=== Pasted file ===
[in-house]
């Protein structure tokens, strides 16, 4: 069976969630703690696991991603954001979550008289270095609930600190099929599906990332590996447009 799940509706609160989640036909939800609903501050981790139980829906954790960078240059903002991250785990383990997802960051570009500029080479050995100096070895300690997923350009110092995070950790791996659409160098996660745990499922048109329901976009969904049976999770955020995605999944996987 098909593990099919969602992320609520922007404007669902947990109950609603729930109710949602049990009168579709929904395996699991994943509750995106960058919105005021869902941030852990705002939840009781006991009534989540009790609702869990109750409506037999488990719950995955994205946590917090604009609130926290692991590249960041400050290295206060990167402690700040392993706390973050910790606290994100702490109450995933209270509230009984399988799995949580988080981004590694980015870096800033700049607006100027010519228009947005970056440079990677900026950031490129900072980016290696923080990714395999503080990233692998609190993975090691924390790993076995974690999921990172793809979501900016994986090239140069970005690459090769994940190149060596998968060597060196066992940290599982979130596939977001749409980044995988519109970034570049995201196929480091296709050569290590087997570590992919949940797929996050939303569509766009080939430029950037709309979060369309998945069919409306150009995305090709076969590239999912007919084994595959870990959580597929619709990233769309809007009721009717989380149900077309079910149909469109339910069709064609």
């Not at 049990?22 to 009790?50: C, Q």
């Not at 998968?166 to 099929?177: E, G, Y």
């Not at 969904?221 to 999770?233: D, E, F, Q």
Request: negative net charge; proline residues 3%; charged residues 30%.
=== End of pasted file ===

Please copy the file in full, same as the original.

[in-house]
């Protein structure tokens, strides 16, 4: 069976969630703690696991991603954001979550008289270095609930600190099929599906990332590996447009 799940509706609160989640036909939800609903501050981790139980829906954790960078240059903002991250785990383990997802960051570009500029080479050995100096070895300690997923350009110092995070950790791996659409160098996660745990499922048109329901976009969904049976999770955020995605999944996987 098909593990099919969602992320609520922007404007669902947990109950609603729930109710949602049990009168579709929904395996699991994943509750995106960058919105005021869902941030852990705002939840009781006991009534989540009790609702869990109750409506037999488990719950995955994205946590917090604009609130926290692991590249960041400050290295206060990167402690700040392993706390973050910790606290994100702490109450995933209270509230009984399988799995949580988080981004590694980015870096800033700049607006100027010519228009947005970056440079990677900026950031490129900072980016290696923080990714395999503080990233692998609190993975090691924390790993076995974690999921990172793809979501900016994986090239140069970005690459090769994940190149060596998968060597060196066992940290599982979130596939977001749409980044995988519109970034570049995201196929480091296709050569290590087997570590992919949940797929996050939303569509766009080939430029950037709309979060369309998945069919409306150009995305090709076969590239999912007919084994595959870990959580597929619709990233769309809007009721009717989380149900077309079910149909469109339910069709064609």
């Not at 049990?22 to 009790?50: C, Q």
């Not at 998968?166 to 099929?177: E, G, Y």
């Not at 969904?221 to 999770?233: D, E, F, Q």
Request: negative net charge; proline residues 3%; charged residues 30%.